The purposes of this study were to, (a) assess motivational experiences of performance enhancement tasks (PET) and administrative tasks (AT), and; (b) examine the relationships of emergent motivational experiences of each task type to coaches’ perceived stress and intentions to continue coaching. In total, 572 coaches completed an online survey, which assessed autonomy, competence, relatedness, and other characteristics of PET and AT, intentions to continue coaching, and perceived stress. Two separate exploratory factor analyses (EFA) were conducted, one for AT and one for PET. This was followed up with confirmatory factor analysis (CFA) and SEM to examine relationships between emerging factors and stress and intentions. The factors generated for PET reflected ideas of autonomy, time conflict, and satisfaction, and for AT also included competence, effort, and job requirements. The resulting experiences of AT and PET appear to have different influences on stress and intentions, suggesting their distinction will be important in future work examining coach retention.
Wendy M. Rodgers, Camilla J. Knight, Anne-Marie Selzler, Ian L. Reade, and Gregory F. Ryan
Sara W. Szabo, Emily C. Owen, Michael D. Kennedy, and Camilla J. Knight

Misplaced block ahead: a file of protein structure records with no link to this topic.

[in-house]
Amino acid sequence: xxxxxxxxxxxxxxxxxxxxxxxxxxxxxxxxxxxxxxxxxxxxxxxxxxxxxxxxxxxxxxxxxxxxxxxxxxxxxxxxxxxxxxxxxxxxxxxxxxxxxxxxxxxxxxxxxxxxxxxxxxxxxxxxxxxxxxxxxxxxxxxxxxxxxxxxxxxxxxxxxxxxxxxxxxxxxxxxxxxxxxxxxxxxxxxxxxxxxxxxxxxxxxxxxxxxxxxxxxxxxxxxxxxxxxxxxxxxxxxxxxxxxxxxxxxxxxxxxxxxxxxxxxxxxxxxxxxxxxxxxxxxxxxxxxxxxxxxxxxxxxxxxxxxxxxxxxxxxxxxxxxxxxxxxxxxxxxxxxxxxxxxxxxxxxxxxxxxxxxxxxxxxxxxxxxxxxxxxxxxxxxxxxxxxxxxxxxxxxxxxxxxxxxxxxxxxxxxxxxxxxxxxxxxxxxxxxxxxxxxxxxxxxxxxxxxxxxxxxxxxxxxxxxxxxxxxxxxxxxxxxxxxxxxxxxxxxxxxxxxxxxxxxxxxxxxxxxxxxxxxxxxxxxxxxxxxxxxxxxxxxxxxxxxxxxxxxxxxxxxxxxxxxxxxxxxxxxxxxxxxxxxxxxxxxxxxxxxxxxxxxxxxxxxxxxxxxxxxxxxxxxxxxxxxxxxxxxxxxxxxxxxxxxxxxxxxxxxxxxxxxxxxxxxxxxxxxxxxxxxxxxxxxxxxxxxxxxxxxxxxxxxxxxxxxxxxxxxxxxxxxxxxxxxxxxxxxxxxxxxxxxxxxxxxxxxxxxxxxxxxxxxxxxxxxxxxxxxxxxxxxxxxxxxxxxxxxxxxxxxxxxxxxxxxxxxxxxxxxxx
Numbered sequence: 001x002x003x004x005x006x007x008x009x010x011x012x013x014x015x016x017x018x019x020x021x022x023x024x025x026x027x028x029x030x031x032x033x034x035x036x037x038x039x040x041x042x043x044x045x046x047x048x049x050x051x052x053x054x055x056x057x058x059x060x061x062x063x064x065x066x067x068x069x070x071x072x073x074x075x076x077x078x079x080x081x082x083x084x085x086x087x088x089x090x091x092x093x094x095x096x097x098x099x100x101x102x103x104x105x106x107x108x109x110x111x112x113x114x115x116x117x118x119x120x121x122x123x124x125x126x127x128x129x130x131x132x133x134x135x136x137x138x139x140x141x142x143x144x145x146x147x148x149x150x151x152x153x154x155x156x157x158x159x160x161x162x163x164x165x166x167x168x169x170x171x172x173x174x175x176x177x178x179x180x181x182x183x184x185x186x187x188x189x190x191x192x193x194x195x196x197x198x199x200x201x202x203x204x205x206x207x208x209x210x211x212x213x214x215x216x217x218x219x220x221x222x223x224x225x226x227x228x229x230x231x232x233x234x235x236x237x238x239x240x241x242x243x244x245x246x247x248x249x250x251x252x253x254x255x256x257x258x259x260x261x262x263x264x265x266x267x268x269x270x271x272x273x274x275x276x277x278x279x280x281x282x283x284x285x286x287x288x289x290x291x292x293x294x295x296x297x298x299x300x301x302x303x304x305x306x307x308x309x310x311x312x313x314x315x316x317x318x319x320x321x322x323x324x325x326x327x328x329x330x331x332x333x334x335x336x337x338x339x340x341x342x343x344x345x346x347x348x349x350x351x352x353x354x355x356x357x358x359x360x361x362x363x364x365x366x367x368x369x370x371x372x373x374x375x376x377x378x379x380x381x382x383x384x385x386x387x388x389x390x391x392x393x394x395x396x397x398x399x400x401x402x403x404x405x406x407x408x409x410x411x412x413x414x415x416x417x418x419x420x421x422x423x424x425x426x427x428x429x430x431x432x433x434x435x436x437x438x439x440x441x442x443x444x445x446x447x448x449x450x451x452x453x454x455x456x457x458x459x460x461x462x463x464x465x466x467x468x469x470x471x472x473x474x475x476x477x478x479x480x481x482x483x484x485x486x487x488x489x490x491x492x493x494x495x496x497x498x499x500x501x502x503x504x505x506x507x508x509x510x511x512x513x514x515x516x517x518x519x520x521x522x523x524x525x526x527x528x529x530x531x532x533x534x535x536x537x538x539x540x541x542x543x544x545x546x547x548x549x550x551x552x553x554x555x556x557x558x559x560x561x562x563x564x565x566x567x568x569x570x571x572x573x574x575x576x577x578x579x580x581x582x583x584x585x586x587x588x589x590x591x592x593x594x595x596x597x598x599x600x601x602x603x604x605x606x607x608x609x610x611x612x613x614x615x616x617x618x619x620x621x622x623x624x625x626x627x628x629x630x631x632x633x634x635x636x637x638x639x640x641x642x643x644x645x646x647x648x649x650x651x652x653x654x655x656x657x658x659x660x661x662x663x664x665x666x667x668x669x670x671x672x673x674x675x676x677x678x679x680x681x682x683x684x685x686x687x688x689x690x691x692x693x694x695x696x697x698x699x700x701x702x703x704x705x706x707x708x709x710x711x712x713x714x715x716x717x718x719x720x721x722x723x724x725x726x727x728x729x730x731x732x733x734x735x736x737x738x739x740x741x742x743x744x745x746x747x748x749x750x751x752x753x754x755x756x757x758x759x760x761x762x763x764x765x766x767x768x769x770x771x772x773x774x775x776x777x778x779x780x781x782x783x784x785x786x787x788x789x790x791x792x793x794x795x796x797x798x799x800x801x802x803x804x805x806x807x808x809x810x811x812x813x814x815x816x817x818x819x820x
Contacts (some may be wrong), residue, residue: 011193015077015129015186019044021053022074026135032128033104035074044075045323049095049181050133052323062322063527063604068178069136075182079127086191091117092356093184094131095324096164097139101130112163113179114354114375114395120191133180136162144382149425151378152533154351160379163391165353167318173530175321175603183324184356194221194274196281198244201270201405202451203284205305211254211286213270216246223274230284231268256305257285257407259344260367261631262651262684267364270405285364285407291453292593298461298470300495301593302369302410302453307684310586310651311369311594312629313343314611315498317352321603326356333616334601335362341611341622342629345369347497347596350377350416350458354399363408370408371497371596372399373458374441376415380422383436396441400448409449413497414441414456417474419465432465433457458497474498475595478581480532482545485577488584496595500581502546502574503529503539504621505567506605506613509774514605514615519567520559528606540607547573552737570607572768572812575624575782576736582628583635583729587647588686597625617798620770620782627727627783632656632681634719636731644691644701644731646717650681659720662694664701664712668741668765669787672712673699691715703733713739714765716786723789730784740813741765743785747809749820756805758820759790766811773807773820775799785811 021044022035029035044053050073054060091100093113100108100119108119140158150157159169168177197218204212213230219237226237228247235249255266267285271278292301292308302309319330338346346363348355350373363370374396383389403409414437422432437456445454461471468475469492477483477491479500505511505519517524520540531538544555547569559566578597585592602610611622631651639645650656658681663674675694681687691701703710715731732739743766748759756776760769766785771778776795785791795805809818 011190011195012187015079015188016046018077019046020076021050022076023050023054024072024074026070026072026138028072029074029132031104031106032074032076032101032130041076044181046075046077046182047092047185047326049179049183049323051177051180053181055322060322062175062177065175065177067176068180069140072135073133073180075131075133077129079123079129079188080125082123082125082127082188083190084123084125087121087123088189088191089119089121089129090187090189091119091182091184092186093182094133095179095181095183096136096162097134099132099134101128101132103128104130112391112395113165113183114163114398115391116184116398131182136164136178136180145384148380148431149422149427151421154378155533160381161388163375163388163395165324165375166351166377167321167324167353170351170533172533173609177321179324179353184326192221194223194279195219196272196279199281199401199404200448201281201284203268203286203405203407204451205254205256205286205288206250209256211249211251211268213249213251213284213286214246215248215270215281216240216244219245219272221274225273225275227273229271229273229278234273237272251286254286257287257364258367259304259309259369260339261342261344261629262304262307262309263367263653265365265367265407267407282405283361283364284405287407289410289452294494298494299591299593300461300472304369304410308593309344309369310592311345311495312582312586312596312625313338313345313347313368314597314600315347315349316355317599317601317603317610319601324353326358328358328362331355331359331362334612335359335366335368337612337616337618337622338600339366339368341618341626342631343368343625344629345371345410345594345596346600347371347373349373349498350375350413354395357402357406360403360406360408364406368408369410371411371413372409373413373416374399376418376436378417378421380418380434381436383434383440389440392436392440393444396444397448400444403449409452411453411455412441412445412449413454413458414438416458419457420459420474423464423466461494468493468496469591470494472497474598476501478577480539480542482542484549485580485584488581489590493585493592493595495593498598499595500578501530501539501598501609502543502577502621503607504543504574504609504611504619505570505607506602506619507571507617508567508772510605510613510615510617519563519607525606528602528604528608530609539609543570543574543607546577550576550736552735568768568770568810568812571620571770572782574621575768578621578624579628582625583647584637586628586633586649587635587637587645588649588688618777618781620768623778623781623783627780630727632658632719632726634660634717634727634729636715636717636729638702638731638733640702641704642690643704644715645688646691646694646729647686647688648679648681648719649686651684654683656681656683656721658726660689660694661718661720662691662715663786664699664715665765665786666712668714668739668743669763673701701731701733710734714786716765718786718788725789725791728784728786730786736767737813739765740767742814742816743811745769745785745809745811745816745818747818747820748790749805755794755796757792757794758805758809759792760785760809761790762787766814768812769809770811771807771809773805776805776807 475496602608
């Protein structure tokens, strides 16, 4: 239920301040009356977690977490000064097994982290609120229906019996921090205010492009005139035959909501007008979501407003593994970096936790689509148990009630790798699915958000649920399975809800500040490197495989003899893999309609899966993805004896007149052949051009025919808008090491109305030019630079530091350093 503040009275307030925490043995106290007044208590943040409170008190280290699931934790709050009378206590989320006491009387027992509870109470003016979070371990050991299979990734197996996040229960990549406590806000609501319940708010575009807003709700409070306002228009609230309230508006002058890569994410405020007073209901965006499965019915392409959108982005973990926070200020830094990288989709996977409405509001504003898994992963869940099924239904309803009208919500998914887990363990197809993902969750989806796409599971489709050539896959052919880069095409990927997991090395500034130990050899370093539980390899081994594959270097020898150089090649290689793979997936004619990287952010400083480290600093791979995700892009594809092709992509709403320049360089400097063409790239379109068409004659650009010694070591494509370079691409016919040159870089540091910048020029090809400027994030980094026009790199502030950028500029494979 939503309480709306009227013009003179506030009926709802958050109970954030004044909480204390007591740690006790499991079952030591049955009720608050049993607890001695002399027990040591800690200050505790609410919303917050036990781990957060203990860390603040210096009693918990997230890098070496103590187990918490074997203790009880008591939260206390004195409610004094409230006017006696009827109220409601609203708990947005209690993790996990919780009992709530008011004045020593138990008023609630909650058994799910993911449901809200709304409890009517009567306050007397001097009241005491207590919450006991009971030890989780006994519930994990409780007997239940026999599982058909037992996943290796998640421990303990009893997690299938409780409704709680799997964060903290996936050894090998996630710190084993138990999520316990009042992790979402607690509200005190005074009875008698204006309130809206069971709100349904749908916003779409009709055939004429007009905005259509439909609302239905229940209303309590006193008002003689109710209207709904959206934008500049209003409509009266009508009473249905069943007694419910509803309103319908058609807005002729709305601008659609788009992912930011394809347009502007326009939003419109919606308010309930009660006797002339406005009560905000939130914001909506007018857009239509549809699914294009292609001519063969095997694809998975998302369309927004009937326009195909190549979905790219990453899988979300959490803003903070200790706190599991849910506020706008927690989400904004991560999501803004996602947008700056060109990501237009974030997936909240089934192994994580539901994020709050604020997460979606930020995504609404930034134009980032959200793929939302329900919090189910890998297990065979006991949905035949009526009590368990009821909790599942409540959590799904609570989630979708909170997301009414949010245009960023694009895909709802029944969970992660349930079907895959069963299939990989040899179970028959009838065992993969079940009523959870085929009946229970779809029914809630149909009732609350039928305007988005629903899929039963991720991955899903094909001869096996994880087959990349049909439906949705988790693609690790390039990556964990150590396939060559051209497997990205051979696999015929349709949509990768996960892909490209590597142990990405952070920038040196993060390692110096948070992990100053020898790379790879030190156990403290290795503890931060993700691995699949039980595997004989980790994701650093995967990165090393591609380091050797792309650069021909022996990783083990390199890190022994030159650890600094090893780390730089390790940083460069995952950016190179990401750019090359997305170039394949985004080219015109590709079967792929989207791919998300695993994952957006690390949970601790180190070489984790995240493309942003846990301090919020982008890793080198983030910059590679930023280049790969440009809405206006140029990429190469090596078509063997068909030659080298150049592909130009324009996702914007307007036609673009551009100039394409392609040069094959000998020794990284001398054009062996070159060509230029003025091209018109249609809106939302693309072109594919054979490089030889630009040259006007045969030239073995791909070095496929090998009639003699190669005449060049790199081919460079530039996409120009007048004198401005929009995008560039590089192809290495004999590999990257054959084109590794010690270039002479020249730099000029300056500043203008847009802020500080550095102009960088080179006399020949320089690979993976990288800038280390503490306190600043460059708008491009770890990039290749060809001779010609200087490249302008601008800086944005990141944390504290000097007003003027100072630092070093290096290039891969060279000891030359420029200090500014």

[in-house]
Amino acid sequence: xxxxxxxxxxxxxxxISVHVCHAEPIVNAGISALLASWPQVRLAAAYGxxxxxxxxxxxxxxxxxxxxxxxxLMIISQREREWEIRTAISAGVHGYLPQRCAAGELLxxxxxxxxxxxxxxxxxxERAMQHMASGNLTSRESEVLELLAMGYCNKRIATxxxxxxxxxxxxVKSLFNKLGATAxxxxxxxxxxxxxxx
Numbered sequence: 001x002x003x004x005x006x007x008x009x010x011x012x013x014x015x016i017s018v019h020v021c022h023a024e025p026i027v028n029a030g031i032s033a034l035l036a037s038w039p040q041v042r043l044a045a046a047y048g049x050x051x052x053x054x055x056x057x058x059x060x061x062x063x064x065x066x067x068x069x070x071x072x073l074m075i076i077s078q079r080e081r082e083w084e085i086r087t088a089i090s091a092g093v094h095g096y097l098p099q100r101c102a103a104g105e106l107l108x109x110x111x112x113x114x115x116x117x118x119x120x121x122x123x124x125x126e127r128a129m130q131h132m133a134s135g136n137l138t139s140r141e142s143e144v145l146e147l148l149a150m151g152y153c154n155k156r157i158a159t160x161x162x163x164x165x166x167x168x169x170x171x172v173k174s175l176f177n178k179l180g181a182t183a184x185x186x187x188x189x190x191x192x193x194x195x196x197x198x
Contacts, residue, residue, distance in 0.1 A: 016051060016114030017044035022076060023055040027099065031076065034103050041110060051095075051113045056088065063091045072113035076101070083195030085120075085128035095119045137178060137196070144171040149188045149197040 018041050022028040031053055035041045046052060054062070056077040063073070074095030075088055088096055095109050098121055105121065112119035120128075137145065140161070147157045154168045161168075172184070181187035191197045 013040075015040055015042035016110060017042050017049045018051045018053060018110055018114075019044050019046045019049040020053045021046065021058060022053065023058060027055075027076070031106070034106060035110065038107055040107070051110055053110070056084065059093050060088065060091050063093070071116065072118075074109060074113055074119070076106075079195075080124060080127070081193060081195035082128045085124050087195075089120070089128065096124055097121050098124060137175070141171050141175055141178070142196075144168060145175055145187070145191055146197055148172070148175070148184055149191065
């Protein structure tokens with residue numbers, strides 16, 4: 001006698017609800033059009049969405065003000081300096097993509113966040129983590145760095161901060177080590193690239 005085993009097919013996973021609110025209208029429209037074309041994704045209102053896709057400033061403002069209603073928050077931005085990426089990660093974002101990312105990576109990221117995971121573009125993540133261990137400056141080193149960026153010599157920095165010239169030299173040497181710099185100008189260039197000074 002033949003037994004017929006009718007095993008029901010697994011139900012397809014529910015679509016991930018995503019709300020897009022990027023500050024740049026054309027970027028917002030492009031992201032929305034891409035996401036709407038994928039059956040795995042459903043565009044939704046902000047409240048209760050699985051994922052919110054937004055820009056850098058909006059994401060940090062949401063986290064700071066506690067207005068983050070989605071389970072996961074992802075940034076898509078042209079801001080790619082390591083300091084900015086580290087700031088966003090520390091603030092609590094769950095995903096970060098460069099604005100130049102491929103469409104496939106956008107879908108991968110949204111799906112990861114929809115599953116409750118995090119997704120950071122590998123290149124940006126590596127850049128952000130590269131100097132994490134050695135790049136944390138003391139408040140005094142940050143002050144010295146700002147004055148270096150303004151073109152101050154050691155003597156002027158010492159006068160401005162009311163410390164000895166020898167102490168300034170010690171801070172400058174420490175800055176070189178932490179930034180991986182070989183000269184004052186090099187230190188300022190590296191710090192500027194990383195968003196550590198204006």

The purpose of this study was twofold: first, to identify who engaged with the Keeping Girls in Sport e-learning program and, second, to evaluate coach and activity leaders’ perceptions of the program and their perceived learnings gained from completing the program. An explanatory sequential mixed-method design was adopted. First, an online survey was distributed to all individuals who had participated in the program. In total, 511 (33% response rate) completed the survey. Quantitative survey data were analysed using descriptive statistics. Subsequently, interviews were conducted with 20 survey respondents. A realist logic of analysis was applied to the qualitative data, and context–mechanism–outcome configurations were formed. Overall, survey findings indicated that most participants identified as women (56%), coaches (69%), and were between 40 and 49 years of age (37%). In general, participants had positive perceptions of the program. Participants perceived that the accessibility and flexibility of the program increased opportunities to engage with content and, thus, their learning. They described improvements in knowledge and perspective regarding working with female athletes. This increase in knowledge provided participants with confidence to establish trusting and positive relationships with others, specifically parents. Nevertheless, participants highlighted a need for more tailored but also more expansive programs.